As influential as Toyota is in spreading the hybrid doctrine, it was indeed odd that the Corolla Cross arrived last year without a hybrid option. Smartly, it didn’t take them long to right that wrong, as it was always part of the plan, and the Corolla Cross has benefitted from it greatly. The 2023 Toyota Corolla Cross Hybrid is not just more efficient, it’s more capable, and a much better small utility all around.
- Engine: 2.0-liter 4-cylinder
- Horsepower: 196
- 0-60 mph: 7.5-seconds
- MW Fuel Economy: 43.3 MPG (Regular)
- Transmission: e-CVT
- Torque: 139 lb-ft
- 1/4 Mile: 15.6-seconds at 90 mph
- EPA: 45-City, 38-Highway, and 42-Combined
2023 Lexus UX 250h
More Fun Than Premium, But That’s Just Fine With Us
Entry-level models are always tough for luxury brands to pull off well. You can’t deliver the full experience, but you have to give buyers enough of a taste so they’ll eventually trade up for more. Well one marque, Lexus, has been very successful at doing just that, and this week we look at their latest starter SUV, the UX.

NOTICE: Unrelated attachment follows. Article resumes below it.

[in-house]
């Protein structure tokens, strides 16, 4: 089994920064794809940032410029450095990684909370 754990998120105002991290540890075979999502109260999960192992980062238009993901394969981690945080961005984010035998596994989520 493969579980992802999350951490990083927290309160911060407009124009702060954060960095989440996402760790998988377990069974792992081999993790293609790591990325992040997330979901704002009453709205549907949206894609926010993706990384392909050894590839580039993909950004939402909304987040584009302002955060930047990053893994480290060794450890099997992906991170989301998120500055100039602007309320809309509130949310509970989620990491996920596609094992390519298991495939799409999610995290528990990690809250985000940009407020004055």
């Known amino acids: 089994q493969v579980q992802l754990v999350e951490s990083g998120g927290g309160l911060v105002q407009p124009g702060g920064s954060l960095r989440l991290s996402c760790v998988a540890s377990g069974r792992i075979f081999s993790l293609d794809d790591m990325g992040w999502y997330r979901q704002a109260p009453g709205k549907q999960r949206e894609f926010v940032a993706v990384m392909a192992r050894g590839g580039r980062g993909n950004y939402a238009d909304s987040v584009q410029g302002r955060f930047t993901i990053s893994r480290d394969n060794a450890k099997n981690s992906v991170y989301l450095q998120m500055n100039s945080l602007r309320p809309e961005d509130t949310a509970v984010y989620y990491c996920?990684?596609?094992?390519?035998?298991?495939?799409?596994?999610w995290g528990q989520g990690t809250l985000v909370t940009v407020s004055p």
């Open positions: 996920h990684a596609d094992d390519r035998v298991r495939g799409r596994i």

This Lexus UX arrived for 2019 as the brand’s smallest SUV yet. Priced in the mid-30s, it delivered a heck of a lot of the Lexus experience for a modest amount of money. And with capable handling, easy maneuvering, and thoughtful features, it was an affordable entry-level luxury ute that was easy to love. For 2023, Lexus makes this little premium runabout even better.
For starters, the UX is strictly hybrid now as the previously standard naturally aspirated 2.0-liter is no more. And while the Hybrid used to be exclusively all-wheel-drive, Lexus has now made a front-drive version available with AWD an option.